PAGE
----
Saturday, October 29, 2016
'Half Brother' Modern Family Drama
Indican Pictures continues its (Unreal TV reviewed) roll of good art-house theatrical and DVD releases with the terrific 2014 dysfunctional family drama "Half Brother." This modern take on the '70s classic Meryl Streep/Dustin Hoffman drama has 30 year-old aspiring mad man Michael returning to stay with the second family of his father Robert following two major setbacks in the life of Michael.
"Brother" additionally is interesting in that it is a feature-length version of the 2013 short film "Michael Comes Home" by writer/director Anthony Grippa.
Grippa plays wonderful homage to the pilot episode of the mother-of-all dual-career professional couple in New York sitcoms "Mad About You" by having Michael and girlfriend Sarah get busy in the bathroom during a dinner party at the home of close friends who are getting married in a few weeks. The banter throughout these scenes get "Brother" off to a good start.
For his part, Michael is working toward fulling his dream of a career in advertising and is a few days away from moving into the apartment of Sarah. His first setback comes when Sarah breaks up with him based on a pretense that harsh reality soon shows to be false.
A damaged (and already generally emotionally immature) Michael receives a second setback regarding making a bad situation at his current McJob worse. The good portrayal of Michael by Stephen Plunkett makes us feel the pain of this nice guy as he digs himself deeper into a hole regarding his employment.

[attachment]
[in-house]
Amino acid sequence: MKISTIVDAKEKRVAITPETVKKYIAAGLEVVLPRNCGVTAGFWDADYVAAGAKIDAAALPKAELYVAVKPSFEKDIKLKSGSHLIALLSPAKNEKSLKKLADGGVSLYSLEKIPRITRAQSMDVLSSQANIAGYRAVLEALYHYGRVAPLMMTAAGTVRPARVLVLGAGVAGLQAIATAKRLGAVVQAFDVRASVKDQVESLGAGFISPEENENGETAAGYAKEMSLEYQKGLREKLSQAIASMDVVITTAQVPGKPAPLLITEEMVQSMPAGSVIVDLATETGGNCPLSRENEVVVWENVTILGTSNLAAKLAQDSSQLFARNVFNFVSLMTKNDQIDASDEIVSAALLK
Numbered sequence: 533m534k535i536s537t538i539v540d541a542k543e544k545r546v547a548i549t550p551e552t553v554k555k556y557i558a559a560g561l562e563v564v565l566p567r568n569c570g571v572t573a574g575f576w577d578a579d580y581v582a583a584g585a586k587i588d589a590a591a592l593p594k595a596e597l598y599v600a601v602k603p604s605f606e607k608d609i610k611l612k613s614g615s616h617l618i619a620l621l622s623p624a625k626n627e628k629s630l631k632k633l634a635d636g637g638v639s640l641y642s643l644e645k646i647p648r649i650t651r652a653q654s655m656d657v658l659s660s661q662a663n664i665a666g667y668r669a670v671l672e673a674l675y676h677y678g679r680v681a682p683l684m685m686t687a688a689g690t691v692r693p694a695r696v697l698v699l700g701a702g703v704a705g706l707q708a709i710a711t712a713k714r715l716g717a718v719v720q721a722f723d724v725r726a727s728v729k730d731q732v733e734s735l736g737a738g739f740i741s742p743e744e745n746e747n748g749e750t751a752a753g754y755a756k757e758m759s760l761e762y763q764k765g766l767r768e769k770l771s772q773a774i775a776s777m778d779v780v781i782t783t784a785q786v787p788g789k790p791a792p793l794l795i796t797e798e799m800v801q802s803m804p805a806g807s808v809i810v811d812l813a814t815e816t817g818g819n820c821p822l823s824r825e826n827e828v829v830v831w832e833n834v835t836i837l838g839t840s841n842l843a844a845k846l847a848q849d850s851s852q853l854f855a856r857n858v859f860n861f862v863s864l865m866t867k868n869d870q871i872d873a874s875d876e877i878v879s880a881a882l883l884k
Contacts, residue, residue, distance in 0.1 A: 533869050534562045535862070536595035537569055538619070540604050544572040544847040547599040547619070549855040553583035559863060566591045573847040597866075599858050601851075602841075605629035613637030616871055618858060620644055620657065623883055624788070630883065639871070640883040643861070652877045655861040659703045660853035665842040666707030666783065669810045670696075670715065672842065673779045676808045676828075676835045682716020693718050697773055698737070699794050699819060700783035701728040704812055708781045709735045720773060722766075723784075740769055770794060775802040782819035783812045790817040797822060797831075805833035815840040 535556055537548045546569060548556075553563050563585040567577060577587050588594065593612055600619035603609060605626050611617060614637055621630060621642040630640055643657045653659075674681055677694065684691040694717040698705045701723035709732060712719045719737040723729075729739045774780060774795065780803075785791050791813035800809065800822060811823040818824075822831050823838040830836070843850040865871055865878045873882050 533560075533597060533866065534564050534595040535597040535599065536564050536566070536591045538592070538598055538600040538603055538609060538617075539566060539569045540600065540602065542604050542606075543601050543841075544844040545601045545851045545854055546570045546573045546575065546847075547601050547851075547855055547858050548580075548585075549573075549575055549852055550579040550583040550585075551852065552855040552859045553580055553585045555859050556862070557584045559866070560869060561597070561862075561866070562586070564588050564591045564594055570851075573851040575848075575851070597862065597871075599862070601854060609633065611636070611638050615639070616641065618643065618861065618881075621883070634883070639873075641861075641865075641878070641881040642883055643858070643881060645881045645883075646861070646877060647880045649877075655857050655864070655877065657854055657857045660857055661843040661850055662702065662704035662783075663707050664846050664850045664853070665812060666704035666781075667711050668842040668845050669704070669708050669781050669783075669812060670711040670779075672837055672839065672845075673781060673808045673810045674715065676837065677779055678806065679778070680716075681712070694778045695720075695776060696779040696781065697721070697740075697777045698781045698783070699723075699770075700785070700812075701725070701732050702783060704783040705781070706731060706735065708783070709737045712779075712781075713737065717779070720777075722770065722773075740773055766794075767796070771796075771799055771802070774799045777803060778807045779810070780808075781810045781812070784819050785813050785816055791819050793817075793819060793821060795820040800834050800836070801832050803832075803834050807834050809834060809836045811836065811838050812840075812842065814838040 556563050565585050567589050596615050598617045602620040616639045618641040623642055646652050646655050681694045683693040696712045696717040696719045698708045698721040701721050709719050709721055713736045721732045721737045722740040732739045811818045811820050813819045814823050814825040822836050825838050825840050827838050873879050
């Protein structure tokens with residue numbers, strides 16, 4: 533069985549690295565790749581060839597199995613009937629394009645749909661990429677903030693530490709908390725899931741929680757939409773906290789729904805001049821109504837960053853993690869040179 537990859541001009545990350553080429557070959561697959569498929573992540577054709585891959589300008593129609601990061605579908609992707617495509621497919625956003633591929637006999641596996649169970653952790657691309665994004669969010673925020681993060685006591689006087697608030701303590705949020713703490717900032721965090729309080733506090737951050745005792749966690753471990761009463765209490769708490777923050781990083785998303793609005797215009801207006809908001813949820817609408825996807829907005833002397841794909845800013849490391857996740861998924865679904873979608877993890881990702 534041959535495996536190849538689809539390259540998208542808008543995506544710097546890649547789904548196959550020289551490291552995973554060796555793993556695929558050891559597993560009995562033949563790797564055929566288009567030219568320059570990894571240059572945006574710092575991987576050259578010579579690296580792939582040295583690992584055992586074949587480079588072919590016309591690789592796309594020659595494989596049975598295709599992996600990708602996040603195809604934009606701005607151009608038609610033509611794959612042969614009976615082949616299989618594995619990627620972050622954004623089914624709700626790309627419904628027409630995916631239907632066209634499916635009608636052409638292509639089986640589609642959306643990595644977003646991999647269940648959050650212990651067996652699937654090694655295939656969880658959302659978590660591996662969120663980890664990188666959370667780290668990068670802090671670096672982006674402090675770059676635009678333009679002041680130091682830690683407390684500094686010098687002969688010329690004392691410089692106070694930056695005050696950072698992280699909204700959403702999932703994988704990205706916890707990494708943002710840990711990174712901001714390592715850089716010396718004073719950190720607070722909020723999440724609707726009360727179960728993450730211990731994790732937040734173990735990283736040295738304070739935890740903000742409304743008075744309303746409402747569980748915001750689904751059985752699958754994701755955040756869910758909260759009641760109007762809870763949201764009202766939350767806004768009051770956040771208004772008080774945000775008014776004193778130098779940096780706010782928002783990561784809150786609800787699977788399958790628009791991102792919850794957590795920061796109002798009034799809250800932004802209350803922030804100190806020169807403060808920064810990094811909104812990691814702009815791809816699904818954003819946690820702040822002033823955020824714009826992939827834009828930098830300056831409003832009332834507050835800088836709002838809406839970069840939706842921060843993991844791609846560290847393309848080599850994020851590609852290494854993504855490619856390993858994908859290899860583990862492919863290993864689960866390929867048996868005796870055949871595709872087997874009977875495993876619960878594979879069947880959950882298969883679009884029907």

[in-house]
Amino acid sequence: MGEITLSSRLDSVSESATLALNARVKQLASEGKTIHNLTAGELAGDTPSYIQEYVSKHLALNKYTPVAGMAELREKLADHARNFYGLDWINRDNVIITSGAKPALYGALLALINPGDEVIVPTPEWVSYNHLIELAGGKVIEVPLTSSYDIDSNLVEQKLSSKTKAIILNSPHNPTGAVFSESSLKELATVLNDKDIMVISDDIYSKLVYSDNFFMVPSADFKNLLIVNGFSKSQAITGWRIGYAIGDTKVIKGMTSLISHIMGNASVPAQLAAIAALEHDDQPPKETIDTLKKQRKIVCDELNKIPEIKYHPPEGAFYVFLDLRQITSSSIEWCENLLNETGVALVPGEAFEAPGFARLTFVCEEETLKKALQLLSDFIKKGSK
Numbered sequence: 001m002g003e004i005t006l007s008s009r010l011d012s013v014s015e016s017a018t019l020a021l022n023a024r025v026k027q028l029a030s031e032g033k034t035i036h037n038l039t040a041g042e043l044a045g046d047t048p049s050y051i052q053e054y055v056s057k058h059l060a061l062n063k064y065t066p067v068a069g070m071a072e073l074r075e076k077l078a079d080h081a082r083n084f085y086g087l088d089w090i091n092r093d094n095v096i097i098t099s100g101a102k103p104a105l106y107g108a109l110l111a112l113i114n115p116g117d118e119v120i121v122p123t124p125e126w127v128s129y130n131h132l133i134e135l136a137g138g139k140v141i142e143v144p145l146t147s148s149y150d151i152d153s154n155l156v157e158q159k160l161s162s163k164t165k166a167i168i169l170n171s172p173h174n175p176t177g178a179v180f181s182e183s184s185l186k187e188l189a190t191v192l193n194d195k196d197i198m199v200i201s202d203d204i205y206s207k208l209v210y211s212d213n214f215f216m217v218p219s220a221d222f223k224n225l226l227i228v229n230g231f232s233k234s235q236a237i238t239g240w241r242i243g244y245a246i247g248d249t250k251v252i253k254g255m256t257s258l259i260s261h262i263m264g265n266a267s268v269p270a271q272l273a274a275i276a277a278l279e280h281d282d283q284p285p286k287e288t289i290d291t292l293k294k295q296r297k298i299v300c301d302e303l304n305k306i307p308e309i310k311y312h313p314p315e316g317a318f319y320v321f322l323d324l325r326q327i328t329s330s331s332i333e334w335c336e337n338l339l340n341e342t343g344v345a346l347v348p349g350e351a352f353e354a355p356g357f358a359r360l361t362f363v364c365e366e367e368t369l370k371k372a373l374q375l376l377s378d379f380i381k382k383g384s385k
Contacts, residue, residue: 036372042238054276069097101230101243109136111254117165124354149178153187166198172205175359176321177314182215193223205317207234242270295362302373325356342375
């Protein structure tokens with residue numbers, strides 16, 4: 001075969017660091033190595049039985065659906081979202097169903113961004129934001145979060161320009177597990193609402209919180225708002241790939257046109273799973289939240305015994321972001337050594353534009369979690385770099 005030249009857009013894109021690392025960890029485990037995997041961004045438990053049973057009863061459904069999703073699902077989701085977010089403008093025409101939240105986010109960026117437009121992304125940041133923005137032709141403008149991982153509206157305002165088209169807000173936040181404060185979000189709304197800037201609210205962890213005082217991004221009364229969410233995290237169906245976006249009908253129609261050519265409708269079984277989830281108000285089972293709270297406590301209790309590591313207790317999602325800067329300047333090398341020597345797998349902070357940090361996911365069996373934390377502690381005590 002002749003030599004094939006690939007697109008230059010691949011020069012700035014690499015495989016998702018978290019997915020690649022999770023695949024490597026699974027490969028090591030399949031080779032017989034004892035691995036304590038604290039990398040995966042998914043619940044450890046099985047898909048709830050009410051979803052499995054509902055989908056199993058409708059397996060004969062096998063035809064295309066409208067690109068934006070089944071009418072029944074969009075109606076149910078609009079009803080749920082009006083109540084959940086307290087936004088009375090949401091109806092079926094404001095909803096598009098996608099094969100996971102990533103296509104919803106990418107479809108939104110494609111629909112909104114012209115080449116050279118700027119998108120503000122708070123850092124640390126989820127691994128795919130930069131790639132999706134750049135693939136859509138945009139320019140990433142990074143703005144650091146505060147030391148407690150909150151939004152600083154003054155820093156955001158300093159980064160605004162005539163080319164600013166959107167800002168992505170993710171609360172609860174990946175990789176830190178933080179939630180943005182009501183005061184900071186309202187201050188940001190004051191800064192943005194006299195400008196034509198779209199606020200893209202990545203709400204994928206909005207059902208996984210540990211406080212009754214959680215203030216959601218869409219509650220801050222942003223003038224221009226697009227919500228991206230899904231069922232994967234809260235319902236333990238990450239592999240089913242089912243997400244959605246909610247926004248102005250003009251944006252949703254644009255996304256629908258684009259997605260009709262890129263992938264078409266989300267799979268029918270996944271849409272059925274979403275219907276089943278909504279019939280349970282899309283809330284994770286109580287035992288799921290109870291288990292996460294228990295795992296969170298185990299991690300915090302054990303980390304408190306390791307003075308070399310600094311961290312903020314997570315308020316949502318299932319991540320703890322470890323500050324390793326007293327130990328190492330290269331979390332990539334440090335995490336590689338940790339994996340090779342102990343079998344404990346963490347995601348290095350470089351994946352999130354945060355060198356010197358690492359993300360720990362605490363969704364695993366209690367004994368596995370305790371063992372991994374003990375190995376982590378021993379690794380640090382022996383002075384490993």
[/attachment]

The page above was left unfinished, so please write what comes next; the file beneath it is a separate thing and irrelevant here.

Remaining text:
Quickly approaching rock bottom while exhausting better alternatives leads to Michael seeking refuge in the (seemingly Long Island) home of his father, his step-mother, and their two teen kids. This boomerang kid soon learning on re-entry that his father is in the final stage of initial divorce proceedings amps up the drama for both men.
Watching a grown-ass Michael relive painful childhood memories while once again getting caught in the middle of the break-up of Mommy and Daddy is equally intriguing and perversely entertaining. One of the best scenes in this regard has Step-Mom include Michael in the bedtime routine of 14 year-old half-brother/new bunk beds buddy Chris.
For his part, teen actor Dante Bruzzese steals "Brother" in his portrayal of Chris. Watching him chat, bond, and joke around with a sibling who is more than twice his age make "Brother" memorable. A very teen-centric bet-oriented basketball game is one of the best scenes in the film.
"Brother" enhances its impact through hitting the trifecta of divorce cliches. We see Robert trying to sneak monetarily and sentimentally valuable items out of the family home, animosity surround a minor breach of an agreement regarding a birthday celebration for Chris, and both parents use Michael to communicate with each other.
All of these elements combine to make "Brother" a modern tale of dystopia that is worth watching. The films of yore (a.k.a. the '70s and '80s) that center around latish in life divorce have the father fall apart and greatly disrupt the life of a stable adult offspring. These movies also have any children of a second marriage be the ones who look to older half-siblings for emotional support. The message here is that even children of the '80s through the early 2000s who do not fail to launch have unstable orbits that can deteriorate on hitting the slightest bump.
Anyone with questions or comments regarding "Brother" is encouraged to email me; you can also connect on Twitter via @tvdvdguy.